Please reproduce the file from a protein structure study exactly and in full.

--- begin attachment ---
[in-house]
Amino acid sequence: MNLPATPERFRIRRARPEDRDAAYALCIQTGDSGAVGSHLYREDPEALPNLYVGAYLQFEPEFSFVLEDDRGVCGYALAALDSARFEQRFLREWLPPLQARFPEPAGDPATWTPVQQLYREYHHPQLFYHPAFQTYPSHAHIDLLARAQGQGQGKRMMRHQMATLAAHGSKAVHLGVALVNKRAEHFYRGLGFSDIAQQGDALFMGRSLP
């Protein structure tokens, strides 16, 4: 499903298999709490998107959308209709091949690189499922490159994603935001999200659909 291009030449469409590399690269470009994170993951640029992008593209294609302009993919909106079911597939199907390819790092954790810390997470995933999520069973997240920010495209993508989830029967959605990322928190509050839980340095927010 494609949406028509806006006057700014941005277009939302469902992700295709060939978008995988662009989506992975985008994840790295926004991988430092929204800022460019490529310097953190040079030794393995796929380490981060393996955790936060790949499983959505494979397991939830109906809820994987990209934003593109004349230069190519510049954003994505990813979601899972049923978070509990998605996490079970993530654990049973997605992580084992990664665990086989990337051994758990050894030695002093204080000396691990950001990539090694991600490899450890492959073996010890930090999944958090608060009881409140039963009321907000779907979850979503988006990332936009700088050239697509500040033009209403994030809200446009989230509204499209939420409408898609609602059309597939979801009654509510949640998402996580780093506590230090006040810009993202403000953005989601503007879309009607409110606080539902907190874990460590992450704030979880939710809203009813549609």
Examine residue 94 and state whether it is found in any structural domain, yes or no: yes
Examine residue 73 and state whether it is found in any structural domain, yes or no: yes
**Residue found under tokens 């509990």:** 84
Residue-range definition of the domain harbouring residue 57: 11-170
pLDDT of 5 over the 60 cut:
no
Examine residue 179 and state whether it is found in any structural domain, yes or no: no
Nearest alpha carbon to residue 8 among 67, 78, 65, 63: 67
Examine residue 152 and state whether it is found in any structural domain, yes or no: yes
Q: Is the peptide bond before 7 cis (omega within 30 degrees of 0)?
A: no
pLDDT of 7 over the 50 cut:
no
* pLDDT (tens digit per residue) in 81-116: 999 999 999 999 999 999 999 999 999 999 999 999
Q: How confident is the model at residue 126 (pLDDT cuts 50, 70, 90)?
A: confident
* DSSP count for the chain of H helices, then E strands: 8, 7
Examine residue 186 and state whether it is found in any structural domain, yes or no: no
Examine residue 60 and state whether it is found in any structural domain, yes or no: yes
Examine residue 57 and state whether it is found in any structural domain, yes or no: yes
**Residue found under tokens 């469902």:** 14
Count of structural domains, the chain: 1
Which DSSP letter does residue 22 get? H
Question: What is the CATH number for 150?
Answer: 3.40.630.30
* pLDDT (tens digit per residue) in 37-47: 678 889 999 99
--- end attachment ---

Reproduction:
[in-house]
Amino acid sequence: MNLPATPERFRIRRARPEDRDAAYALCIQTGDSGAVGSHLYREDPEALPNLYVGAYLQFEPEFSFVLEDDRGVCGYALAALDSARFEQRFLREWLPPLQARFPEPAGDPATWTPVQQLYREYHHPQLFYHPAFQTYPSHAHIDLLARAQGQGQGKRMMRHQMATLAAHGSKAVHLGVALVNKRAEHFYRGLGFSDIAQQGDALFMGRSLP
């Protein structure tokens, strides 16, 4: 499903298999709490998107959308209709091949690189499922490159994603935001999200659909 291009030449469409590399690269470009994170993951640029992008593209294609302009993919909106079911597939199907390819790092954790810390997470995933999520069973997240920010495209993508989830029967959605990322928190509050839980340095927010 494609949406028509806006006057700014941005277009939302469902992700295709060939978008995988662009989506992975985008994840790295926004991988430092929204800022460019490529310097953190040079030794393995796929380490981060393996955790936060790949499983959505494979397991939830109906809820994987990209934003593109004349230069190519510049954003994505990813979601899972049923978070509990998605996490079970993530654990049973997605992580084992990664665990086989990337051994758990050894030695002093204080000396691990950001990539090694991600490899450890492959073996010890930090999944958090608060009881409140039963009321907000779907979850979503988006990332936009700088050239697509500040033009209403994030809200446009989230509204499209939420409408898609609602059309597939979801009654509510949640998402996580780093506590230090006040810009993202403000953005989601503007879309009607409110606080539902907190874990460590992450704030979880939710809203009813549609």
Examine residue 94 and state whether it is found in any structural domain, yes or no: yes
Examine residue 73 and state whether it is found in any structural domain, yes or no: yes
**Residue found under tokens 């509990």:** 84
Residue-range definition of the domain harbouring residue 57: 11-170
pLDDT of 5 over the 60 cut:
no
Examine residue 179 and state whether it is found in any structural domain, yes or no: no
Nearest alpha carbon to residue 8 among 67, 78, 65, 63: 67
Examine residue 152 and state whether it is found in any structural domain, yes or no: yes
Q: Is the peptide bond before 7 cis (omega within 30 degrees of 0)?
A: no
pLDDT of 7 over the 50 cut:
no
* pLDDT (tens digit per residue) in 81-116: 999 999 999 999 999 999 999 999 999 999 999 999
Q: How confident is the model at residue 126 (pLDDT cuts 50, 70, 90)?
A: confident
* DSSP count for the chain of H helices, then E strands: 8, 7
Examine residue 186 and state whether it is found in any structural domain, yes or no: no
Examine residue 60 and state whether it is found in any structural domain, yes or no: yes
Examine residue 57 and state whether it is found in any structural domain, yes or no: yes
**Residue found under tokens 């469902």:** 14
Count of structural domains, the chain: 1
Which DSSP letter does residue 22 get? H
Question: What is the CATH number for 150?
Answer: 3.40.630.30
* pLDDT (tens digit per residue) in 37-47: 678 889 999 99